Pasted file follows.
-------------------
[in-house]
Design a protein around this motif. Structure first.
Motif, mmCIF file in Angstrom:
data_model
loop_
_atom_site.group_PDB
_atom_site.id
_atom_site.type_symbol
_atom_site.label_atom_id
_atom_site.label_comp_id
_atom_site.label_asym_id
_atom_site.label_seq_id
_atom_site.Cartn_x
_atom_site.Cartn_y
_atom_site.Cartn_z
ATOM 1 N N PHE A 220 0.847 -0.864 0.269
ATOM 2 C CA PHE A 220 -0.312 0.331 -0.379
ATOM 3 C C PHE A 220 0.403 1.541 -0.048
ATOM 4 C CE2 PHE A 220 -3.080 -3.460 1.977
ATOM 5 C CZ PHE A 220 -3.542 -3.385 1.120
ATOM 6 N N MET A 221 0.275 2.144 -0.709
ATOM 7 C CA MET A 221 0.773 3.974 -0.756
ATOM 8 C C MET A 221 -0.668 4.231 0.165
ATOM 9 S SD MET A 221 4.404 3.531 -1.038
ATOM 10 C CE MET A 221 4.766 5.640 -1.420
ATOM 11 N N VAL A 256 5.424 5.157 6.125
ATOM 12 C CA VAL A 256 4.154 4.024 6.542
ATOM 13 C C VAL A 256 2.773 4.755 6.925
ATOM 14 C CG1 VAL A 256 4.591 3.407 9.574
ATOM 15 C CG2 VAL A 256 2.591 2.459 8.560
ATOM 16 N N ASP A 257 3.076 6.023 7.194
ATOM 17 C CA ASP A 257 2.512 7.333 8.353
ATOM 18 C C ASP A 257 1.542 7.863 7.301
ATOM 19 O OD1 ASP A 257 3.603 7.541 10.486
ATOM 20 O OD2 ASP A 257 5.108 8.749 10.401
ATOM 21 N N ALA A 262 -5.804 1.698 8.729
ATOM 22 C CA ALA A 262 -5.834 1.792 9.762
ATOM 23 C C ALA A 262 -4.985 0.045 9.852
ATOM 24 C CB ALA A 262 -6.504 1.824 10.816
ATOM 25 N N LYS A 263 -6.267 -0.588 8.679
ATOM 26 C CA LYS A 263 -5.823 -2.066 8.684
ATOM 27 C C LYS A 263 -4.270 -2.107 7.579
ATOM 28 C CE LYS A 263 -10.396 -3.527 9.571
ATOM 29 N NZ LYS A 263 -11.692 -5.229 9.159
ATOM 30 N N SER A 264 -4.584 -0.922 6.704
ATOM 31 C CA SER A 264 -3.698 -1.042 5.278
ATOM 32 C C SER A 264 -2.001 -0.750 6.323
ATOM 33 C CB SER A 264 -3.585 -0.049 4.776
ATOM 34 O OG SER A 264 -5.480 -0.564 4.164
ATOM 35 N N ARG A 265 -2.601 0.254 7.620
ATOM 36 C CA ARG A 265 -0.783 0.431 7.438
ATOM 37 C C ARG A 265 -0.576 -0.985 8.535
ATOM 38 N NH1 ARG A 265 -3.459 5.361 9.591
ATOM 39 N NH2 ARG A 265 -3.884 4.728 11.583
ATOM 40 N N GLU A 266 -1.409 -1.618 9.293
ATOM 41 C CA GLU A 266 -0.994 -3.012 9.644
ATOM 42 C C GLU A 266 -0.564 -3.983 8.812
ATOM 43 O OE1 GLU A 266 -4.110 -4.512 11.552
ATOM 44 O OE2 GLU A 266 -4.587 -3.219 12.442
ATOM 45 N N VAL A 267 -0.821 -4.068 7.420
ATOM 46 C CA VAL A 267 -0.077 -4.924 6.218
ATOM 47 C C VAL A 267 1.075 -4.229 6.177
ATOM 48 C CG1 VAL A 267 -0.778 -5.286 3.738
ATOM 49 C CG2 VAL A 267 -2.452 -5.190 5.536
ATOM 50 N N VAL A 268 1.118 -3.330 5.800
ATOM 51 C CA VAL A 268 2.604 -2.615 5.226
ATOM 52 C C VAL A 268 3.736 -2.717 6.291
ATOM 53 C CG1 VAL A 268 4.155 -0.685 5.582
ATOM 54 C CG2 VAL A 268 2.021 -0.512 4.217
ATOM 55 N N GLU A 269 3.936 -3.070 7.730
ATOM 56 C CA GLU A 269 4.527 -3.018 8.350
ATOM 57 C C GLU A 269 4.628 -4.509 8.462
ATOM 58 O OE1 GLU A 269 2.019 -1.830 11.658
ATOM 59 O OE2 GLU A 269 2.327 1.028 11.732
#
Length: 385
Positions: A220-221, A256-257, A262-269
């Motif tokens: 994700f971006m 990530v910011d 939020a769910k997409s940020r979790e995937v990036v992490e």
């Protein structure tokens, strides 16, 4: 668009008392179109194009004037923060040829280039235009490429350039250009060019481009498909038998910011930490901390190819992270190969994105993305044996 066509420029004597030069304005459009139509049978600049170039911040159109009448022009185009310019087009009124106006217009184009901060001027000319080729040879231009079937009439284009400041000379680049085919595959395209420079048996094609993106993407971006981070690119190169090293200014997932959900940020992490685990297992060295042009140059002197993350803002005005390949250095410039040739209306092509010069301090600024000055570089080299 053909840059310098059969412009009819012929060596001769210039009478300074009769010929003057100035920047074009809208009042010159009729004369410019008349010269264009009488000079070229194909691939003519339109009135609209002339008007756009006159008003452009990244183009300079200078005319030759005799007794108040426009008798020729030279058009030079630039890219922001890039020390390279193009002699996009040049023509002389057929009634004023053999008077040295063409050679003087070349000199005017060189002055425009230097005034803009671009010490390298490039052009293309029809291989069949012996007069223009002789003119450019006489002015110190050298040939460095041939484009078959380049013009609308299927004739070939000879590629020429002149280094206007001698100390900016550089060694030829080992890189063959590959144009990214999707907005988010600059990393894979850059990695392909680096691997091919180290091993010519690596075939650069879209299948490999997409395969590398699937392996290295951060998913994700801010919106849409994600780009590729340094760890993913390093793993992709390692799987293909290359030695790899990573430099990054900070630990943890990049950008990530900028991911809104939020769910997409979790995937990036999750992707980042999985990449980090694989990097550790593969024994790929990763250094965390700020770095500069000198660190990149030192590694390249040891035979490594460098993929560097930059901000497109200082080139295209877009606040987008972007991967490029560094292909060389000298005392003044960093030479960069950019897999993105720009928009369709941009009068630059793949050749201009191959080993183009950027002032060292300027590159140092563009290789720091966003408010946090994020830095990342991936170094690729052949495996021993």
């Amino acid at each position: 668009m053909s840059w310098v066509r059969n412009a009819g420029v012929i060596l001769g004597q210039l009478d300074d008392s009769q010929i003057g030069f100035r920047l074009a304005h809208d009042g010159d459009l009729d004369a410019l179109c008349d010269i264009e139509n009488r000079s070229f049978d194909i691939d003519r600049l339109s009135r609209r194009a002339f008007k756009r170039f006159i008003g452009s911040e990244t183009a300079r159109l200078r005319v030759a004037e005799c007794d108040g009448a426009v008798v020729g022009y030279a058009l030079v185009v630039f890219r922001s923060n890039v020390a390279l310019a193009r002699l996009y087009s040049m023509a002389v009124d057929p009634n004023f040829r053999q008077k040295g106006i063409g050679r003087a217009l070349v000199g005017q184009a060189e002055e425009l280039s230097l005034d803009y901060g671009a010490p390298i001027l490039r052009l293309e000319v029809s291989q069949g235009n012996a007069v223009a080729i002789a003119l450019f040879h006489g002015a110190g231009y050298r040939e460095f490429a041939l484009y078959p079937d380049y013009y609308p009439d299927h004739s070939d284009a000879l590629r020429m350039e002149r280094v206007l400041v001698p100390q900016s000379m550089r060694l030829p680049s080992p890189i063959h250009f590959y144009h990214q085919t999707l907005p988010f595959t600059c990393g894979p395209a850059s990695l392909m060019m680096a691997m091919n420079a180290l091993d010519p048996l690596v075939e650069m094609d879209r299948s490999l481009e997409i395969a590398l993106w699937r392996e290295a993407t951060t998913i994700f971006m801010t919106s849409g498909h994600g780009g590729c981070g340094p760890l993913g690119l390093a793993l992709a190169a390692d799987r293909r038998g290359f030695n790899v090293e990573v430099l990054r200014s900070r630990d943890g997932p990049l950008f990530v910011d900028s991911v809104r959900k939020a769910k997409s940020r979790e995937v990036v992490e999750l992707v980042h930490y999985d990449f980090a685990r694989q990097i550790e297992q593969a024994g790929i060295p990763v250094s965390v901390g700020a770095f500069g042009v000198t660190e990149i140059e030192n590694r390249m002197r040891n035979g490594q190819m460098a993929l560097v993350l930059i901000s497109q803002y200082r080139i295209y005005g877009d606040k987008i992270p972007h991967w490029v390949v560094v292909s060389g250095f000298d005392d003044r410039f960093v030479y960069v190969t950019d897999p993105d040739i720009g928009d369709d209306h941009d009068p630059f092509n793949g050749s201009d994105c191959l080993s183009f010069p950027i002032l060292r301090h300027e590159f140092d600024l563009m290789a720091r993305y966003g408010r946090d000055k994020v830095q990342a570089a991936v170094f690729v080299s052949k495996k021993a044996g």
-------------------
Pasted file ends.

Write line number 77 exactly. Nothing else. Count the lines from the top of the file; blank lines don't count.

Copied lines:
Positions: A220-221, A256-257, A262-269